Quantitative surface-enhanced Raman scattering (SERS) in practical applications still remain unresolved, mainly due to low reproducibility relying on the quality of the SERS substrates. In this paper, a carbon nanotube and Ag nanoparticles composite (CNT/AgNPs) is reported, and the carbon nanotube is as an internal standard for the calibration of SERS intensity of analyte molecules. The quantification of analyte molecules rhodamine 6G (R6G) is demonstrated in an aqueous solution with the concentration of 10-9 to 10-7 M. Raman mapping is used to investigate the stability of SERS spectra in a large scanning area, and the corresponding relative standard deviation (RSD) is calculated. SERS mapping reveals that the uniformity of Raman enhancement is improved through the build-in calibration with 2D Raman peak of CNT. Meanwhile, CNT/AgNPs samples are used to detect N2 in natural air, indicating that such self-calibration method can improve the reliability of the SERS analysis.
© 2018 Optical Society of America under the terms of the OSA Open Access Publishing Agreement
Surface-enhanced Raman scattering (SERS) has been widely used to detect trace analyte as an ultrasensitive analytical tool, since its discovery in 1974 [1,2]. On the one hand, SERS can reach single-molecule sensitivity, with optimized SERS substrates [3,4]. On the other hand, it is of importance to detect the quantity of the analyte, especially in some certain fields, such as in vivo monitoring of medicines in sustained-release, in situ detection of contaminants for quality control, and in situ quantitative sensing [3,5]. There are three major problems for the practical applications of SERS quantification, including the non-uniformity of electromagnetic enhancement (EM) induced by non-uniformity of metal-nanostructure substrates [6,7], the orientation fluctuation of molecules due to chemical interactions resulting in the Raman spectral instability [8,9], and the uncertainty of the numbers of analytical molecules [3,10]. Some optimized SERS substrates have been developed to resolve the uniformity of electromagnetic enhancement, for example orderly distributed nano metal structures [11–13], internal standard species implemented to normalize the Raman intensity of the analyte molecule [3,11,14,15]. In order to reduce the Raman spectral instability, some shell-core nanostructures were used by isolating the molecule from the metal surface [9,16]. For the uncertainty of the numbers of analyte molecule, it is more difficult to calculate precisely, actually researchers almost estimated based on the surface rough situation of the SERS substrates, absorption area and volume of detection analyte molecule, under the homogenous-adsorption assumption [3,17].
Carbon nanotube (CNT)/Ag nanoparticles (CNT/AgNPs) composites have shown good characteristics in SERS applications . In this paper, we report CNT/AgNPs as SERS substrate for analyte quantification. The CNT is used as a naturally internal standard for the normalization of the Raman intensity of analyte molecule, and the different enhancement of detection molecule with the same concentration at different CNT/AgNPs substrates can be calibrated. We demonstrated a quantitative detection of rhodamine 6G (R6G) with concentrations from 10−9 to 10−7 M and N2 in natural air.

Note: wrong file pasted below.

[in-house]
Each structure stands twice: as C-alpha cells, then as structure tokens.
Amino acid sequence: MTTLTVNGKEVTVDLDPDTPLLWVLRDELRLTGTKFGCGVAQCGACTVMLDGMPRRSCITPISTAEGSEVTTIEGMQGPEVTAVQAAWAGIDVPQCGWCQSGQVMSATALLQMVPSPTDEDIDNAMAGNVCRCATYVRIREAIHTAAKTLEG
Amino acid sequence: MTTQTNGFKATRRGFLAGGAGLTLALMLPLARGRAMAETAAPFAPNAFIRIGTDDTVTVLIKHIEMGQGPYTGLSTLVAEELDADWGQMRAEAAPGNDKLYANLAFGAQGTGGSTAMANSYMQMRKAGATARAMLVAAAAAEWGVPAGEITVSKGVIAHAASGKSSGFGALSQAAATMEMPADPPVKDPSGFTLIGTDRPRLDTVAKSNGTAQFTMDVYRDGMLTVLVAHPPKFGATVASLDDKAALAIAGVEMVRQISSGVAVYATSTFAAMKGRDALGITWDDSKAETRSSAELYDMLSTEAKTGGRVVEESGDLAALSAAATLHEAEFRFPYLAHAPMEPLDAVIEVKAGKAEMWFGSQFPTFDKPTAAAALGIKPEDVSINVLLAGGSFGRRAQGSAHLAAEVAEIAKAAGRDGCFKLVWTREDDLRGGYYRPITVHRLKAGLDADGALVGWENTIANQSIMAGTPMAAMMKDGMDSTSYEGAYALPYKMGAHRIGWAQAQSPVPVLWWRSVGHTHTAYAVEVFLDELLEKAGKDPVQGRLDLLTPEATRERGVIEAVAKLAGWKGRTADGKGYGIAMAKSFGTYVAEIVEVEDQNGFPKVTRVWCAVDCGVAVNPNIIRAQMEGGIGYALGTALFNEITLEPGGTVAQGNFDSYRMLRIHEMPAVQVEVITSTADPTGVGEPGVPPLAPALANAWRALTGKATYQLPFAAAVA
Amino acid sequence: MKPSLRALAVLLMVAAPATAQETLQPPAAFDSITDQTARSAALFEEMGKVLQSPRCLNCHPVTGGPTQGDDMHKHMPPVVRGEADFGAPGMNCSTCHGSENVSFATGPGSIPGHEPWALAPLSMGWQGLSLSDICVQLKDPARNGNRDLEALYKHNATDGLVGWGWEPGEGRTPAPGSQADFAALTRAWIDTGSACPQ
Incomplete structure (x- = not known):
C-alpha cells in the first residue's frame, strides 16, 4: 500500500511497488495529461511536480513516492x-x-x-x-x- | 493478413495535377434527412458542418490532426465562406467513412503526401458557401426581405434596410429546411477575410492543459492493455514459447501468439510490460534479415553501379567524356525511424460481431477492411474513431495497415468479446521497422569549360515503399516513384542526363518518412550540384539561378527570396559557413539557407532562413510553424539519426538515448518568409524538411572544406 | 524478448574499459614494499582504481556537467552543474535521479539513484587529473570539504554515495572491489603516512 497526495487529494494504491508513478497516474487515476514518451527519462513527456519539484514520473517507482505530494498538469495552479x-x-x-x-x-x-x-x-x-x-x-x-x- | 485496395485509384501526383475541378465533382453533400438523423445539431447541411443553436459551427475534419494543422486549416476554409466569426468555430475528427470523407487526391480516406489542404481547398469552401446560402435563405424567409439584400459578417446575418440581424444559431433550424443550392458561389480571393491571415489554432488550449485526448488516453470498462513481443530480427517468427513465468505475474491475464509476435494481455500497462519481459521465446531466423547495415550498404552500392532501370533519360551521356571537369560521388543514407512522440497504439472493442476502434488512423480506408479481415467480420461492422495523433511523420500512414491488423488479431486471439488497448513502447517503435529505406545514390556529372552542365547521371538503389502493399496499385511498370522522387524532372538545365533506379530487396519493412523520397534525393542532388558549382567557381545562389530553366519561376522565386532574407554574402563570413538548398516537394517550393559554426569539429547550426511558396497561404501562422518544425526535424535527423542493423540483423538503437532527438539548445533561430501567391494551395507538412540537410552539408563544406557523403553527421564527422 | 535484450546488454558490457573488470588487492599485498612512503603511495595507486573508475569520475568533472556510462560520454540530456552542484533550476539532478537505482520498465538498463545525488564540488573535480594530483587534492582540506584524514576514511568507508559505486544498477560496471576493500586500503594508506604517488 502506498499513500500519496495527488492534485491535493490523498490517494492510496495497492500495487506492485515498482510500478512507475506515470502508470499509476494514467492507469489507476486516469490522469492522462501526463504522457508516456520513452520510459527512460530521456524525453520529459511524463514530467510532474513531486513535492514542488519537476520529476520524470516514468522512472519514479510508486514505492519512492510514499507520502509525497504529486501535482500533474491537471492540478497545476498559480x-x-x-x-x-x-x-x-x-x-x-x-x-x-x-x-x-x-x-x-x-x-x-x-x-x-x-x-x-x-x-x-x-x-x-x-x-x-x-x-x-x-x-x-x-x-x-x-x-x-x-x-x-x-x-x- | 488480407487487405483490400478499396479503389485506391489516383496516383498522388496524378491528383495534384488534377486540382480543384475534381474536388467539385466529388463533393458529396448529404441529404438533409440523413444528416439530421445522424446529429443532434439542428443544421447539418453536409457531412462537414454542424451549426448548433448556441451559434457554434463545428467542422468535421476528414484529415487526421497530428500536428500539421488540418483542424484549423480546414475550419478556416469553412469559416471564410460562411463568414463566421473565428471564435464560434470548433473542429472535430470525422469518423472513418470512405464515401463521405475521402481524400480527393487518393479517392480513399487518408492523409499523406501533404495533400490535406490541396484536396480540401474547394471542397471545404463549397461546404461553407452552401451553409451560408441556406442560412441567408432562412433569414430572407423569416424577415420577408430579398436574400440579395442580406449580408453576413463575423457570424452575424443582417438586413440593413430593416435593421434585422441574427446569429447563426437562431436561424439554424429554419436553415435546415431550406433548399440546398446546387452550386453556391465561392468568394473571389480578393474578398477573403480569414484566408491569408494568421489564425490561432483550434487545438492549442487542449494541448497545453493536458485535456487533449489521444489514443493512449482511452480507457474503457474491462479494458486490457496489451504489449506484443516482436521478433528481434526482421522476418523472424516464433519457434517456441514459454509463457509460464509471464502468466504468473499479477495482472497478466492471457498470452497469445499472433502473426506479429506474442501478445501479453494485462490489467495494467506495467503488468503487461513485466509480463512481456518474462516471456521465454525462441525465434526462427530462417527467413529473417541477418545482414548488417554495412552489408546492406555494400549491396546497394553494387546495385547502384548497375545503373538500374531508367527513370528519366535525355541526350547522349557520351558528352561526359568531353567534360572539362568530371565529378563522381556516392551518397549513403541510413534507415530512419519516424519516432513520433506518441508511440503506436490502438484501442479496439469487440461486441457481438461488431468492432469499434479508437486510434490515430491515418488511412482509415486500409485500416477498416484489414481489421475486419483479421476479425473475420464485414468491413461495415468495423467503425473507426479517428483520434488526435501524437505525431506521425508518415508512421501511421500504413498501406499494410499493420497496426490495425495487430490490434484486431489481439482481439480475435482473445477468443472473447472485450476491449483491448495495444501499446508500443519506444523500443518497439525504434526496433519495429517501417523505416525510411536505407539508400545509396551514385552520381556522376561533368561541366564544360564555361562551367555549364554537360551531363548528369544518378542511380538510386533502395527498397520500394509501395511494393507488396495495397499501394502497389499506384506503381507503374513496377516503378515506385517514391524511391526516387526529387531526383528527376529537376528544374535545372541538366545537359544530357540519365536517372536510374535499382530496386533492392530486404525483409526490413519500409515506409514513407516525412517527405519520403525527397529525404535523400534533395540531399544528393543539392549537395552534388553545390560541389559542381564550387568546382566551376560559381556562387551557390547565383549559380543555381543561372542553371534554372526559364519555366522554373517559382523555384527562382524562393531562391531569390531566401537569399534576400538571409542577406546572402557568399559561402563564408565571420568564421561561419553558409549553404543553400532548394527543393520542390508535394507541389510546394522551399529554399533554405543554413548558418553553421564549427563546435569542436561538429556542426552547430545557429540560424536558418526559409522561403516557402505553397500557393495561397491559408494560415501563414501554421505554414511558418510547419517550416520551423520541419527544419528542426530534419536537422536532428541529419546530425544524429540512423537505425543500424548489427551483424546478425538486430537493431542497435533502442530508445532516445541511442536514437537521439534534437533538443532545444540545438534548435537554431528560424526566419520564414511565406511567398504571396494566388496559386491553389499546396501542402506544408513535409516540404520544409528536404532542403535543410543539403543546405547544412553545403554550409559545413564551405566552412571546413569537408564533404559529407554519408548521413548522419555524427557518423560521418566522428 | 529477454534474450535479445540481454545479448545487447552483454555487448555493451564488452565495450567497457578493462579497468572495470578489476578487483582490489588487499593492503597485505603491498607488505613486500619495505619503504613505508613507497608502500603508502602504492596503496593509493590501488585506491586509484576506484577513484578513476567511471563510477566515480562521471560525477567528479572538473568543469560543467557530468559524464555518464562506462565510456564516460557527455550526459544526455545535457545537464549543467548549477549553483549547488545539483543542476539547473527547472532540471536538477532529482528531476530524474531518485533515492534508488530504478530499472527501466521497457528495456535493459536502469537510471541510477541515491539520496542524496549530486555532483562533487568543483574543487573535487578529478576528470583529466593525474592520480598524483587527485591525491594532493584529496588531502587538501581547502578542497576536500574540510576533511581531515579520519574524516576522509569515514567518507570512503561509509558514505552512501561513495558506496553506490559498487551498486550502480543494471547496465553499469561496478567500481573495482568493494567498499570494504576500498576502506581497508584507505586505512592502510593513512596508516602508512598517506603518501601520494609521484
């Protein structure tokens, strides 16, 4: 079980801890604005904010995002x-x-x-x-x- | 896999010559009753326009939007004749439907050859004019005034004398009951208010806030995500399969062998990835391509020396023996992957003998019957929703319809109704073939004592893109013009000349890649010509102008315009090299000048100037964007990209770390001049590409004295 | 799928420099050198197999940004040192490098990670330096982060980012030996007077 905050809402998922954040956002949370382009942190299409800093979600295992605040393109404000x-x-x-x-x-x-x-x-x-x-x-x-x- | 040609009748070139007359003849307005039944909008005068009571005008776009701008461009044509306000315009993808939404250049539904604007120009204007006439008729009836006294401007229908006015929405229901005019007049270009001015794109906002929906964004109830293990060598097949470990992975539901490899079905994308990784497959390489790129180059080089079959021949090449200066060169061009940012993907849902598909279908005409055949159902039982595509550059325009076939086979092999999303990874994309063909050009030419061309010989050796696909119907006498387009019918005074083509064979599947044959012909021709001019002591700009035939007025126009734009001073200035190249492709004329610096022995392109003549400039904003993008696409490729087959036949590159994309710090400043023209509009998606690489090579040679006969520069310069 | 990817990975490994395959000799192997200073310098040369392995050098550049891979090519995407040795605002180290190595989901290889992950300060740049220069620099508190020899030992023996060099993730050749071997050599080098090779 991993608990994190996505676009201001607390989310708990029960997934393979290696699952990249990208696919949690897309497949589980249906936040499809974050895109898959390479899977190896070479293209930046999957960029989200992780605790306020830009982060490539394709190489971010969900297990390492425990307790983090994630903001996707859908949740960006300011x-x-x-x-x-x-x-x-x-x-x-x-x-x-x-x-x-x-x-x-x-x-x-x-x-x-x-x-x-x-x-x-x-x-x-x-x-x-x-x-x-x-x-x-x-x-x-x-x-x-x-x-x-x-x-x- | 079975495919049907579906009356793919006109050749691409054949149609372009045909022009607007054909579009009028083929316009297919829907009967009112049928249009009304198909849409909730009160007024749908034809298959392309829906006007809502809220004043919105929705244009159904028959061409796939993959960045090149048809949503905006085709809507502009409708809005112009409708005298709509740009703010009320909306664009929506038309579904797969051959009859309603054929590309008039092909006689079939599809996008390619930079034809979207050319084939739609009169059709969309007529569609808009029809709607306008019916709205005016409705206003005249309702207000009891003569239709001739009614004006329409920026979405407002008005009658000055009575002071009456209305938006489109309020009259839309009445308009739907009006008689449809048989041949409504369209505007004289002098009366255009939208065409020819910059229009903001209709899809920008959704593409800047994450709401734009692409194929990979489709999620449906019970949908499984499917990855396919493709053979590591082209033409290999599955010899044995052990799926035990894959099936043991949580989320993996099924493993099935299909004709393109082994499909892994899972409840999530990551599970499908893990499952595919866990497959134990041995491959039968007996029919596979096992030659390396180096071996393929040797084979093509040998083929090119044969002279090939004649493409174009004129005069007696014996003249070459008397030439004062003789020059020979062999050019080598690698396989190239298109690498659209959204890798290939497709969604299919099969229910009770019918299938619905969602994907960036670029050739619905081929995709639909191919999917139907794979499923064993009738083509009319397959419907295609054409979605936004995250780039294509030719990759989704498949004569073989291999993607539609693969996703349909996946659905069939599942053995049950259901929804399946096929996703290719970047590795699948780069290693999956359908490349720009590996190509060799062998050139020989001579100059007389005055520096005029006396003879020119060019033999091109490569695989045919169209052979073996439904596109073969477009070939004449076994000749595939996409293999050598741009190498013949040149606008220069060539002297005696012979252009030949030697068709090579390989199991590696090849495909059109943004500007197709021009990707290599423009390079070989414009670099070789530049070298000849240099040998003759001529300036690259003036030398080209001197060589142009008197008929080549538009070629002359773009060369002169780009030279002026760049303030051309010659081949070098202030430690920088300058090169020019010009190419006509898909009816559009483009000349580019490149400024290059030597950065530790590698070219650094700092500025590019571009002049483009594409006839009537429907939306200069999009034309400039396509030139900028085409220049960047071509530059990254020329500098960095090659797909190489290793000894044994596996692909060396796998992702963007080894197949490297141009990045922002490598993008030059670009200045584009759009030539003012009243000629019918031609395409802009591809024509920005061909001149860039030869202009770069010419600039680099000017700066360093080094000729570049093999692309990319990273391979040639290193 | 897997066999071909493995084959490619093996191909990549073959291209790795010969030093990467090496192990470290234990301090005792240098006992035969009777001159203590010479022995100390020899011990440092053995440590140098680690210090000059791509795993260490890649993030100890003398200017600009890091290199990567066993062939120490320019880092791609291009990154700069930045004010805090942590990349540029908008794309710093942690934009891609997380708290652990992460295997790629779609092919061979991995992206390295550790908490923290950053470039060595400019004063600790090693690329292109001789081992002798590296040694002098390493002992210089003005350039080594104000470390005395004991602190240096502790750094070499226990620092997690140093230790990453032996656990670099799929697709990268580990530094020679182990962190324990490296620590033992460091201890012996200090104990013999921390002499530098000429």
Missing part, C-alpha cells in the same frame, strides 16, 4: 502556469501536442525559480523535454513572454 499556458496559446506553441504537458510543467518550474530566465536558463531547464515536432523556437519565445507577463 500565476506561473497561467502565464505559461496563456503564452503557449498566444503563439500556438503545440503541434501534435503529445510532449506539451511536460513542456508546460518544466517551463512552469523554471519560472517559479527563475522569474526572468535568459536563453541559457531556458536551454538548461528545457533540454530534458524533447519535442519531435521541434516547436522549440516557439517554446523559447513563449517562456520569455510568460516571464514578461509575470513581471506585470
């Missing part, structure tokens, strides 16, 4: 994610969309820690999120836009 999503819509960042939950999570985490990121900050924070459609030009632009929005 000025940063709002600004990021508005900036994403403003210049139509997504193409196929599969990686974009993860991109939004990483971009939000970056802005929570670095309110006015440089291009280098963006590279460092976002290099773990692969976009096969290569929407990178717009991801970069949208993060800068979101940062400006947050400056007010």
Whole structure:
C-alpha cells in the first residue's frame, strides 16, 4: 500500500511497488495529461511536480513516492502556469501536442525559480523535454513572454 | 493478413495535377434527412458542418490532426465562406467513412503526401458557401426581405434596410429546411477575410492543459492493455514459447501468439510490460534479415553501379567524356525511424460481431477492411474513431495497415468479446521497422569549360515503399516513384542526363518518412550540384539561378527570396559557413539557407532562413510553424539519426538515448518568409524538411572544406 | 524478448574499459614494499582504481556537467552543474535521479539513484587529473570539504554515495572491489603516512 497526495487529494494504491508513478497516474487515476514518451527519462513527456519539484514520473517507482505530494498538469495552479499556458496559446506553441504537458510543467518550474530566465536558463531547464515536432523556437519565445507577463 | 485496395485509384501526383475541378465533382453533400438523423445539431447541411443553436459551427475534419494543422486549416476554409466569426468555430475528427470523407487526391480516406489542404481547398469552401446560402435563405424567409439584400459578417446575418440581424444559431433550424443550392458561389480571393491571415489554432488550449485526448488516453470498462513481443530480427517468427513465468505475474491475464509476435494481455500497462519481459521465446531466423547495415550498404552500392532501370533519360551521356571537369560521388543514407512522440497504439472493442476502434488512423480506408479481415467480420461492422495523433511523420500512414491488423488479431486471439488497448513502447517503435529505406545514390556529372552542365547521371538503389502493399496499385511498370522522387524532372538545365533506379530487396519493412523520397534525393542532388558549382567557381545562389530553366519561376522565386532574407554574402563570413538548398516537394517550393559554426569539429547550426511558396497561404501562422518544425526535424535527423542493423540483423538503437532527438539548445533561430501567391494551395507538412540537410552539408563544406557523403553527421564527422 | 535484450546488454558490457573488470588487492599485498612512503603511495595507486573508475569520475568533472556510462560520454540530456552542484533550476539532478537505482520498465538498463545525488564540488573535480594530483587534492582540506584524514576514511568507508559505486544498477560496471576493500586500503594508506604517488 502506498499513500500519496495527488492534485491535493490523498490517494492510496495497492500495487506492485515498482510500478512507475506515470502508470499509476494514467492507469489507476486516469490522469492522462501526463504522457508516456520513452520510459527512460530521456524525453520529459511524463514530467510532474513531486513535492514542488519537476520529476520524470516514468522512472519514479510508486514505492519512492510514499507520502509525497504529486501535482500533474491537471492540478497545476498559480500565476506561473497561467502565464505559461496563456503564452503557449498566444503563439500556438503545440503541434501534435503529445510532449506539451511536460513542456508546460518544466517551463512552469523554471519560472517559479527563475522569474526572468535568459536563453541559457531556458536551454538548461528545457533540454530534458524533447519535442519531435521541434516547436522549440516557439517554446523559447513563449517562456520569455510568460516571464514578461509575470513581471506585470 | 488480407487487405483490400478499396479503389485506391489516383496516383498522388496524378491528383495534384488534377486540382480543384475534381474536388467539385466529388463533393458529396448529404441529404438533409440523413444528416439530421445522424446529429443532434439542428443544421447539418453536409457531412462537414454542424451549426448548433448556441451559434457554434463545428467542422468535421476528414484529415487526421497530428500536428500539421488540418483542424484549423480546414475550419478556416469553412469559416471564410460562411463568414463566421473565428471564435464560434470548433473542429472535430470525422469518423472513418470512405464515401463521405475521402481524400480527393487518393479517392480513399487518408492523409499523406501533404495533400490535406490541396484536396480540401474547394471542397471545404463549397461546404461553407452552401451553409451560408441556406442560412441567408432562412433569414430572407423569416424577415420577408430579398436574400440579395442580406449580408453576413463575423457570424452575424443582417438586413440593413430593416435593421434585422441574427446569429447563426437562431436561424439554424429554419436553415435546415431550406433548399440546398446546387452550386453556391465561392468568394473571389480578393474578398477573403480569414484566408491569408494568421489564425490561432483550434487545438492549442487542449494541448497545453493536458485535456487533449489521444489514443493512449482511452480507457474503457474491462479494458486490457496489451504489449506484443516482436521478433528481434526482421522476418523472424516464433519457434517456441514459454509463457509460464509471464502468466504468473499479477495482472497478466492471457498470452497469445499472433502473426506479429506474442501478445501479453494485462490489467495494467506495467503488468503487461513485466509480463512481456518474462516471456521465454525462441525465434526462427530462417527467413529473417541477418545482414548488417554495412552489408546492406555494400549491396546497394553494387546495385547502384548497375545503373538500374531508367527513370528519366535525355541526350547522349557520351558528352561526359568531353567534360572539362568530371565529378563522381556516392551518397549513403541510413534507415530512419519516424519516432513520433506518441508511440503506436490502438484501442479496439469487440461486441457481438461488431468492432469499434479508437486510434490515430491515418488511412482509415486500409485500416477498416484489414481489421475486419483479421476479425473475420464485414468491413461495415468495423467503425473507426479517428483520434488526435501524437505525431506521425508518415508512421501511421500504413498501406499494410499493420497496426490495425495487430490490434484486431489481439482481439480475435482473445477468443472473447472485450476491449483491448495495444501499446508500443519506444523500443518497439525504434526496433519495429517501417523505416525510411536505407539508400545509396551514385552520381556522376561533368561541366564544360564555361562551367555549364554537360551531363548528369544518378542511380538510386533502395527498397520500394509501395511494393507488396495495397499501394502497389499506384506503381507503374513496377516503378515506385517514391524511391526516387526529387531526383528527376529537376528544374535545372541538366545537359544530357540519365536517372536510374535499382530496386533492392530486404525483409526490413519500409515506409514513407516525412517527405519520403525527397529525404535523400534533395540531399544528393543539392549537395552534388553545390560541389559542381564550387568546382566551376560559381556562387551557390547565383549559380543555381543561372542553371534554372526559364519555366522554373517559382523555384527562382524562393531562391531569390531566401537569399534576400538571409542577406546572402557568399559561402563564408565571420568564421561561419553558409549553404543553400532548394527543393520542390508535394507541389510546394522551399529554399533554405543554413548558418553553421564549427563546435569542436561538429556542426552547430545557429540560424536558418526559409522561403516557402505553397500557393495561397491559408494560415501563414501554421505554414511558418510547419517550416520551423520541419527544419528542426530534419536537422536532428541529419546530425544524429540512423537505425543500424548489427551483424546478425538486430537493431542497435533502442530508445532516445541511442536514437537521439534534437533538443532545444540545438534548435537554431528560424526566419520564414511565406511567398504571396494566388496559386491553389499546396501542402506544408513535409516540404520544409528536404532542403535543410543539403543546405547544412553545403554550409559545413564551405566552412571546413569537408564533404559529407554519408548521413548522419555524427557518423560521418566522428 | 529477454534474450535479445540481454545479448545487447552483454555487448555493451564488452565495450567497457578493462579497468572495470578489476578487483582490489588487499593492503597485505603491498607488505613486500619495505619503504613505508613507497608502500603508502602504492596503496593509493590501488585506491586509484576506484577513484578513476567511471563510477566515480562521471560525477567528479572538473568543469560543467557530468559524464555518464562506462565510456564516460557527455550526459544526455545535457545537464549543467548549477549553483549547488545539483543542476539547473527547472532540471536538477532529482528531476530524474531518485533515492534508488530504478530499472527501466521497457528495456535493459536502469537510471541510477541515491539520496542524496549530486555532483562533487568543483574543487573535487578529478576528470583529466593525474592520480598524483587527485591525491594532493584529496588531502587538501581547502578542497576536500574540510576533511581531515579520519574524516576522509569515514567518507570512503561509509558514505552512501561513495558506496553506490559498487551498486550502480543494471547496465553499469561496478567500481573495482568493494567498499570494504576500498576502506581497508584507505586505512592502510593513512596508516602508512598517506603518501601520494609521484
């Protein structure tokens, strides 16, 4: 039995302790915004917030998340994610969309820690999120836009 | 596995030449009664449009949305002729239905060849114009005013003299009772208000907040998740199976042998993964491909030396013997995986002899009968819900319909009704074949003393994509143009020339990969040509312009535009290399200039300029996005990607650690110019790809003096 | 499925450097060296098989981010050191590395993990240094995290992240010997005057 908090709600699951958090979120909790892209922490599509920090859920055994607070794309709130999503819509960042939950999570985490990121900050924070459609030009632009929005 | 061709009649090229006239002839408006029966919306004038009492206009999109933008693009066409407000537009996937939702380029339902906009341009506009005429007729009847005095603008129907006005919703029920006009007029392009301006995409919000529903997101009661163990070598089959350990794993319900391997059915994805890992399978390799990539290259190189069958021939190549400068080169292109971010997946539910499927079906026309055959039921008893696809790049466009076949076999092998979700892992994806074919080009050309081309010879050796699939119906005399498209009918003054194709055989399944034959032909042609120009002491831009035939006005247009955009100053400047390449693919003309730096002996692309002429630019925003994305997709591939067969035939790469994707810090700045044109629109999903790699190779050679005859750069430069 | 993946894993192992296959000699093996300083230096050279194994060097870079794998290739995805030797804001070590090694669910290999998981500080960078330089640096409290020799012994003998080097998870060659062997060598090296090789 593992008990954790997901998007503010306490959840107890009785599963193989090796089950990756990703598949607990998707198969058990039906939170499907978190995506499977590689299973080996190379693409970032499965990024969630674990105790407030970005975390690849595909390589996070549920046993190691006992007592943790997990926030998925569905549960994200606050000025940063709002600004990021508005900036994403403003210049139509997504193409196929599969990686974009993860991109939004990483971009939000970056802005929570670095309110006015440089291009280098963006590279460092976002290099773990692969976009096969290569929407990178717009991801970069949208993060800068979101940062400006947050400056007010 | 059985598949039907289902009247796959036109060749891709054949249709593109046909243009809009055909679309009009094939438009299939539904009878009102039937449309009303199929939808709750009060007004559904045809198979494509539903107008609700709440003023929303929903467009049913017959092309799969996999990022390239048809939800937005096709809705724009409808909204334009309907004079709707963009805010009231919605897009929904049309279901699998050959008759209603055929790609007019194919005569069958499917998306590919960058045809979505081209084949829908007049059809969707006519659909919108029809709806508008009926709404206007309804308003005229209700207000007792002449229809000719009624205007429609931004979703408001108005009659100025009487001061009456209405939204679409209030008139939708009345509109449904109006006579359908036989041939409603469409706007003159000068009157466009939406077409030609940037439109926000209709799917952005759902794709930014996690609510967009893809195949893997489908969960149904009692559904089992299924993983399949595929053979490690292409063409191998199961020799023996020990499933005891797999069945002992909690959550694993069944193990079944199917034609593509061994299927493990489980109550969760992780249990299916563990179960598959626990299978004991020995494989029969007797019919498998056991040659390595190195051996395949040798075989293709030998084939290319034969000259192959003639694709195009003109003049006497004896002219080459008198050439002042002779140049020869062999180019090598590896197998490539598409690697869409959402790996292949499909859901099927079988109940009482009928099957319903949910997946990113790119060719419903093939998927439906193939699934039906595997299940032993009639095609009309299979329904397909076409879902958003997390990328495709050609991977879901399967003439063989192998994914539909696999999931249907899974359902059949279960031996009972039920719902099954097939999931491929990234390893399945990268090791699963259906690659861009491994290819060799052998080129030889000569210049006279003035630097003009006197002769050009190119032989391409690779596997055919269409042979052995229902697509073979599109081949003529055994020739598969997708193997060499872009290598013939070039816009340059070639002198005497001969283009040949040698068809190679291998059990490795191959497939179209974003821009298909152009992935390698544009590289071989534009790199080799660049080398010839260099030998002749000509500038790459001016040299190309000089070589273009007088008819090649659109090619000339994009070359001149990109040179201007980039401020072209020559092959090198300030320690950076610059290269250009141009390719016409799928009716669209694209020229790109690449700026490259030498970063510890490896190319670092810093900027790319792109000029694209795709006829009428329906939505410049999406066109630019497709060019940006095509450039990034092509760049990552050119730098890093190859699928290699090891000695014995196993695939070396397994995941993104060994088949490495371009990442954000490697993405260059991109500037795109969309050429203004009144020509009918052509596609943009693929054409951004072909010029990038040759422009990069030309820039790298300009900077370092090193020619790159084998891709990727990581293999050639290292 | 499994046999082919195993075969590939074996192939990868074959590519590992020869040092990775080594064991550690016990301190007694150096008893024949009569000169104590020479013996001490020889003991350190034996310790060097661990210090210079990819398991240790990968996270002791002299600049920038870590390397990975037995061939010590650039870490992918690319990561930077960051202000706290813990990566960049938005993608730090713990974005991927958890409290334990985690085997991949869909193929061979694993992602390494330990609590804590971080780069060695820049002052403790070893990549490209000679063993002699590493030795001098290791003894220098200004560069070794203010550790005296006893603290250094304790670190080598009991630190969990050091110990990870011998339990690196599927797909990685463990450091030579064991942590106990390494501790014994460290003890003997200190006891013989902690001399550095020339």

2. Preparation and method
Carbon nanotube was purchased from Chengdu Organic Chemistry Co. Ltd (Chengdu, China). Rhodamine 6G (R6G) was purchased from Aladdin Company (Shanghai, China). Silver nitrate and other chemical solvents were from Sinopharm Chemical Reagent Co. Ltd (Shanghai, China). All reagents were of analytical grade.
Based on our previous preparation method , we prepared CNT/AgNPs hybrids. There are three steps. Firstly, the CNT powders were dispersed in ultra-pure paper to obtain CNT suspension. Then by reduction of AgNO3 with sodium citrate in the presence of CNT, the CNT/AgNPs solution was synthesized. Finally, in order to remove other impurities, the solution was processed orderly by centrifugation at 4000 r/min for one hour, washing with ultra-pure water, and repeated with three times. The CNT/AgNPs samples were prepared onto SiO2/Si substrates (area: 5 × 5 mm2, thickness of SiO2: ~300 nm, thickness of Si: ~525 μm), with a simple dip method of CNT/AgNPs solution. The analyte interacts with the substrate via a van der Waals interaction.
All Raman signals were collected using a Raman spectrometer (Horiba Jobin Yvon LabRAM HR Evolution), with the incident light of 532 nm, power of 5 mW at room temperature. An integration time of 2 s was used in the R6G measurements to reduce the heating effect induced by laser. Because of low concentration of N2, the integration time of 200 s was used in gas detection.
3. Experiments and discussion
3.1 Self-calibration method
Figure 1 shows the scheme of the CNT/AgNPs for SERS quantification. AgNPs generate localized electromagnetic field enhancement. While AgNPs also produce a random distribution of hot spots. There are variations in the detected Raman signals across the same sample, due to both the disproportionate distribution of hot spots and fluctuations in optical setup.
During the SERS measurement, we thought all of the parameters except NAnalyte (number of analyte molecules) remain constant. The Raman signals of the analyte (IAnalyte) and CNT (ICNT) are simultaneously collected, and IAnalyte is proportional to ICNT due to EM. The instrumental itself drift and the variation of IAnalyte due to the random distribution of electromagnetic hot spots can be calibrated, by calculating the relative parameter k (the ratio of IAnalyte and ICNT). We chose the 2D Raman peak of CNT as an internal standard due to three factors. Firstly, the 2D peak of CNT at ~2673 cm−1 is far from the typical window of commonly used dye molecules. R6G has some main Raman feature between 1300 to 1650 cm−1, and it is probably affected by the background of the CNT vibrations at ~1350 cm−1 (D mode) and ~1600 cm−1 (G mode). Secondly, the D mode is also induced by defects. In addition, the intensity of 2D peak of CNT is comparatively strong. Note that: the chemical enhancement (CM) is not considered in this study because the electromagnetic enhancement is typical dominant one in SERS.